January 19, 2019

New Year's Inspiration

If you think of the new year as an opportunity to reflect and set goals for the future, then the Academy of American Poets suggests these 10 poems for inspiration.
  1. Time to be the fine line of light” by Carrie Fountain
  2. When I Rise Up” by Georgia Douglas Johnson
  3. These Poems” by June Jordan
  4. The Leash” by Ada Limón
  5. The Penitent” by Edna St. Vincent Millay
  6. Assured” by Alexander Posey
  7. The Dream” by Lola Ridge
  8. from “Elegy in Joy” by Muriel Rukeyser
  9. "The Call of the Open" by Percy Bysshe Shelley
  10. Good Bones” by Maggie Smith

January 9, 2019

Prompt: Kissing

There are many kinds of kisses and many forms of kisses. We get them from birth to death. Though they are generally associated with love and affection, there are examples that are far away from those associations.

In our model poem, "Kissing" by Dorianne Laux, (read and hear the poem read) she examines some of this range.

They are kissing, on a park bench,
on the edge of an old bed, in a doorway
or on the floor of a church. Kissing
as the streets fill with balloons
or soldiers, locusts or confetti, water
or fire or dust. Kissing down through
the centuries under sun or stars, a dead tree,
an umbrella, amid derelicts. Kissing
as Christ carries his cross, as Gandhi
sings his speeches, as a bullet
careers through the air toward a child’s
good heart.

As Laux writes, we probably prefer the "long, deep, spacious kisses, exploring the silence of the tongue" to the "kissing when the cars crash and the bombs drop."

For this prompt, write about a kiss or the act of kissing in any of its forms or in many of its forms.

And you can get a head start on a call for submissions from Terrapin Books for a forthcoming anthology of poems on the topic of kissing. (The submission period is February 12 thru March 20, 2019.)  Publisher/poet Diane Lockward suggests "first kisses, last kisses, goodbye kisses, make-out session kisses, desired kisses, unwanted kisses, dangerous kisses, stolen kisses, romantic kisses, familial kisses, spin-the-bottle kisses, hot kisses, cold kisses, and metaphorical kisses."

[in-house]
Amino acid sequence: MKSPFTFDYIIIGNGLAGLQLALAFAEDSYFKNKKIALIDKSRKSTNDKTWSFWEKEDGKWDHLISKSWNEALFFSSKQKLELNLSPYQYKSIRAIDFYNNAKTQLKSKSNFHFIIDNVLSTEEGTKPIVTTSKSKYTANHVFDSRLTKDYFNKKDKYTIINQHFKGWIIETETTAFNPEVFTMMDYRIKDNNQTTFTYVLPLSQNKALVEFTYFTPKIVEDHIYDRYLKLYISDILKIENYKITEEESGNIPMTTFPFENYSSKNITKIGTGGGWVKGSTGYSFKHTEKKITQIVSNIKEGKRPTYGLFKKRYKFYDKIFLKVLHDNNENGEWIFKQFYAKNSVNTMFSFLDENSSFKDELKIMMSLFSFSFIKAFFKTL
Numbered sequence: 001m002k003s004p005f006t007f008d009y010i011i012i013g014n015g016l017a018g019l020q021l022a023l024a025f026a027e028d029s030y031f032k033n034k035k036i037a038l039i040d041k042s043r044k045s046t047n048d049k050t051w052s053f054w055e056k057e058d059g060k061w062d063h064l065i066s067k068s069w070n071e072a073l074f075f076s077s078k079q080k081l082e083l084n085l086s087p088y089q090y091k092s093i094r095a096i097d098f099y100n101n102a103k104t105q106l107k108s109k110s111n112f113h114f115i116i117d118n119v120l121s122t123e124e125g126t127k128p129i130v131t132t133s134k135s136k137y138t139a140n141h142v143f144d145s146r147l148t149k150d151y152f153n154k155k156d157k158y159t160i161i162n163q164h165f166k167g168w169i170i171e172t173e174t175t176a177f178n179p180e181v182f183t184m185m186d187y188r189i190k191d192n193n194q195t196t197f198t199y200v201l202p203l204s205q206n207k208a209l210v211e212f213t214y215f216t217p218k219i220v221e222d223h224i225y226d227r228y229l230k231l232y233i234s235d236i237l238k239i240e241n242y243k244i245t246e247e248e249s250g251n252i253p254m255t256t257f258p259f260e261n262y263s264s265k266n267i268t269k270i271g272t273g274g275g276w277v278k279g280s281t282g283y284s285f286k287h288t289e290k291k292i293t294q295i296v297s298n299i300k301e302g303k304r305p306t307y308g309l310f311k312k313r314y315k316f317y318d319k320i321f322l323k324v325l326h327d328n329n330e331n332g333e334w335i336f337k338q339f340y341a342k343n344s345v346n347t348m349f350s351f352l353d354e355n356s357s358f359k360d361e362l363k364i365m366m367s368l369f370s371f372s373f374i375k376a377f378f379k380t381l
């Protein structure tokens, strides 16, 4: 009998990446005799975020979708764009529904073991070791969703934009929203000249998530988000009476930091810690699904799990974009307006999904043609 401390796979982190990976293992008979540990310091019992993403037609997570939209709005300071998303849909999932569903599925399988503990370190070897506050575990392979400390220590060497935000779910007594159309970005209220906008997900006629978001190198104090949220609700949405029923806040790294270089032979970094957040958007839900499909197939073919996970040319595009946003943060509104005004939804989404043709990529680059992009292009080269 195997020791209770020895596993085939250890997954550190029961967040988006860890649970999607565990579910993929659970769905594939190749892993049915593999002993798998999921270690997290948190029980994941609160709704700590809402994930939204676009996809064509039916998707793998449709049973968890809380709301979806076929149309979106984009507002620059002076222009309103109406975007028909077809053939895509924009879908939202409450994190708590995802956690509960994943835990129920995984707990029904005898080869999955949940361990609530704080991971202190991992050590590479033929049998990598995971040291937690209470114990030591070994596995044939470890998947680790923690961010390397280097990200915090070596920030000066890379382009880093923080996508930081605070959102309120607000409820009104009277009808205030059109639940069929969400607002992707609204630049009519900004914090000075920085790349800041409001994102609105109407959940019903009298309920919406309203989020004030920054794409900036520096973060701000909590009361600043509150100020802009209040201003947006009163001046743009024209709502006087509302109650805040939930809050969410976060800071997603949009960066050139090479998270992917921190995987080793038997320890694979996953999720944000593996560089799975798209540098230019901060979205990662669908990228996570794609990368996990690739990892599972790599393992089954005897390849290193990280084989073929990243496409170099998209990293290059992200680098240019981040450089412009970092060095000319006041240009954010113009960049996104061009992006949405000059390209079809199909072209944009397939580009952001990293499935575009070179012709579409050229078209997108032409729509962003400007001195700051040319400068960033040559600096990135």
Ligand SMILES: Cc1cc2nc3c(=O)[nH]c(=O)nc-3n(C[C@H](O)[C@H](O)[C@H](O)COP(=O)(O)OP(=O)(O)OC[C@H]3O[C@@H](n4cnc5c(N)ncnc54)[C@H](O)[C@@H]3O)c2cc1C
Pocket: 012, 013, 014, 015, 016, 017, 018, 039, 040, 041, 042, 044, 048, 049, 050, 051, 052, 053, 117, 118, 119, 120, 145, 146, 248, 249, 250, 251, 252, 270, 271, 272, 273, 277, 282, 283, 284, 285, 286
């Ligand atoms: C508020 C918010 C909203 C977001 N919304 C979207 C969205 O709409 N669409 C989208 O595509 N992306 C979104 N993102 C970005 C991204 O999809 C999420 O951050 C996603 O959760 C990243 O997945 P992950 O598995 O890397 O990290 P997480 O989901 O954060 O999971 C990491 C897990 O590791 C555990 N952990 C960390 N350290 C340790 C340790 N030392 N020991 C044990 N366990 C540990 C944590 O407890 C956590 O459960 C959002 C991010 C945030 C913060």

On her blog, Diane offers as a model poem "When Sex Was Kissing" by Hunt Hawkins which begins:

In high school I was somehow able to kiss
for three hours continuously without consummation.
I still remember the underwater feel of the car,
how the windows steamed, the binnacle-glow
of the dash pointing us forward towards the trees,
the jerky light outside of a diver approaching
the wreck, pointing at this window, then that,
the policeman asking if we were okay. Sure
we were!

Our submission deadline is January 31, 2019

January 3, 2019

Poets and Hollywood: The Kindergarten Teacher

Have you seen the film The Kindergarten Teacher, now available on Netflix?

"In her new film “The Kindergarten Teacher,” Maggie Gyllenhaal plays a frustrated aspiring poet who discovers that a boy in her kindergarten class may be a budding literary genius, and begins co-opting his verses as her own.

When Gyllenhaal was preparing for the role, she thought a lot about what sort of poetry her character, a Staten Island teacher named Lisa Spinelli, would write. She figured Lisa’s poetry would be somewhat labored and clichéd — maybe verses about flowers and butterflies. So she and the film’s writer and director, Sara Colangelo, decided to ask a real poet to write some lines for the movie.